On her way to Danville High School as a teenager, Lois Cooper walked the old subway tunnel on Fairchild Street every day. More than 60 years later, she was signing her name on one of the steel beams of the overpass that will replace the more than 90-year-old subway tunnel that carried Fairchild Street under several railroad lines and two streets.
DANVILLE — On her way to Danville High School as a teenager, Lois Cooper walked the old subway tunnel on Fairchild Street every day.
More than 60 years later, she was signing her name on one of the steel beams of the overpass that will replace the more than 90-year-old subway tunnel that carried Fairchild Street under several railroad lines and two streets.
"I'm thrilled to be here today; even with a cane," said Cooper, 80, who was finding some relief from the 97-degree heat Wednesday afternoon by sitting in the shade at the dusty construction site of the new Fairchild Street overpass.
An alderman for 24 years, Cooper decided against running for re-election last spring but came out Wednesday to join other current and former aldermen for a beam-signing ceremony.
The group of 13, including Mayor Scott Eisenhauer, signed their names to the last structural steel beam to be placed in the new Fairchild overpass.
"It's been a long time," Cooper said of the several years it has taken from the initial discussions about replacing the old subway tunnel to deciding how to replace it and finally starting construction last year.
The concrete walls of the old tunnel deteriorated to the point several years ago that the city had to reinforce them, and eventually close the tunnel to traffic for safety reasons. That's when city officials began focusing in earnest on securing the funding to replace it.
Rather than building a replacement tunnel, design engineers recommended carrying Fairchild Street, one of the city's main east-west routes, over the streets and rail lines that intersect Fairchild east of Danville High School.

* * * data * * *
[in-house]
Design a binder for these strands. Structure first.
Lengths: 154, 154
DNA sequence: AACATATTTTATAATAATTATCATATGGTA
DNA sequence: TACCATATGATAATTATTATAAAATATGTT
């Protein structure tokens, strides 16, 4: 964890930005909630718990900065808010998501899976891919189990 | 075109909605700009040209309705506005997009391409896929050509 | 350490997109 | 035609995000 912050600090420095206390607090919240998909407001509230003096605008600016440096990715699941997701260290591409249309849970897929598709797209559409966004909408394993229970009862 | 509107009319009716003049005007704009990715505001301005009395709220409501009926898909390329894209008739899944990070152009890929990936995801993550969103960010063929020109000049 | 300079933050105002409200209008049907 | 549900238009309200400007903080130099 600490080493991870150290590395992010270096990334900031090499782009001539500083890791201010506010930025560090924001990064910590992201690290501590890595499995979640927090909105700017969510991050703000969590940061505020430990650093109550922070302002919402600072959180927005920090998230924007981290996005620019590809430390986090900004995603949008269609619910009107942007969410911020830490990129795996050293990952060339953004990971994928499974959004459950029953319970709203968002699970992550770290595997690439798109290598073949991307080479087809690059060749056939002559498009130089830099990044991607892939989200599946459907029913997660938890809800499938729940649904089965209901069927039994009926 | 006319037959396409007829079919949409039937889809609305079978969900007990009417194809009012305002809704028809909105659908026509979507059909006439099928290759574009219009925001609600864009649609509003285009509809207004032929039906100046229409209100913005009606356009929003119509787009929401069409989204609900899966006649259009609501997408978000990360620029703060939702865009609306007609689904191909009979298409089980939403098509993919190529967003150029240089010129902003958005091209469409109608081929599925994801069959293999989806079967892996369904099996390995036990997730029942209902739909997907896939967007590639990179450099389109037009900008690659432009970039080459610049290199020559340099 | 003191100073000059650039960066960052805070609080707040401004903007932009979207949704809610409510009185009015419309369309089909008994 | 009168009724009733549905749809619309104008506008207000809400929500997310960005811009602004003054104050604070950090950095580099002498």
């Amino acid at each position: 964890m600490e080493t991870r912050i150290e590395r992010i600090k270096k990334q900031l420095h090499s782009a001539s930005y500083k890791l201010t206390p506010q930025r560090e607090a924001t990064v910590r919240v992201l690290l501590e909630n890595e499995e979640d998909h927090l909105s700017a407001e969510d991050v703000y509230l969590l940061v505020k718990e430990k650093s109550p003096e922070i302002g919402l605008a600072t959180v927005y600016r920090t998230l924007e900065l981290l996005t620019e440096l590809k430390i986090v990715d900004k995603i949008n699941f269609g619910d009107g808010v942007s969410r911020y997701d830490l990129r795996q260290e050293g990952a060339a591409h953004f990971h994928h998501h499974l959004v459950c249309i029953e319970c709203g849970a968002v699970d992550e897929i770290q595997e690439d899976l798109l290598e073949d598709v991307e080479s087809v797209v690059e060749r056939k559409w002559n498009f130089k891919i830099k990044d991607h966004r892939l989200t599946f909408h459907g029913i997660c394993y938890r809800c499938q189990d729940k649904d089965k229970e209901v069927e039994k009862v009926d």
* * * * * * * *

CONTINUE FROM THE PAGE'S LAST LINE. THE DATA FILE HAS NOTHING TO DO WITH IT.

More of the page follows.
After signing the steel beam Wednesday afternoon, city officials attached an American flag and an Illinois flag to the beam, and a crane and construction crew members hoisted and guided the piece into place alongside 17 other steel beams that make up one of two bridge spans in the overpass. The last beam with the signatures was set in the bridge section that spans Collett Street at the west end of the project.
According to City Engineer David Schnelle, the western bridge is the larger of the two and is significant because it's in the location where the old subway walls were found to have significantly moved, which eventually led to the closure of the subway. He added that the steel on this bridge will span over Collett Street and three CSX and two Norfolk Southern railroad tracks.
The $18.5 million project, which was awarded to O'Neil Brothers Construction of Urbana, is expected to be done some time in the last half of next year. Funding for construction, engineering and design has come from a number of sources, including a $3 million bond issue by the city council in 2009 for engineering and land acquisition, $12 million in grade crossing protection fund assistance, $7 million in Illinois Jobs Now funds and $3 million in Federal Economic Development Administration funds.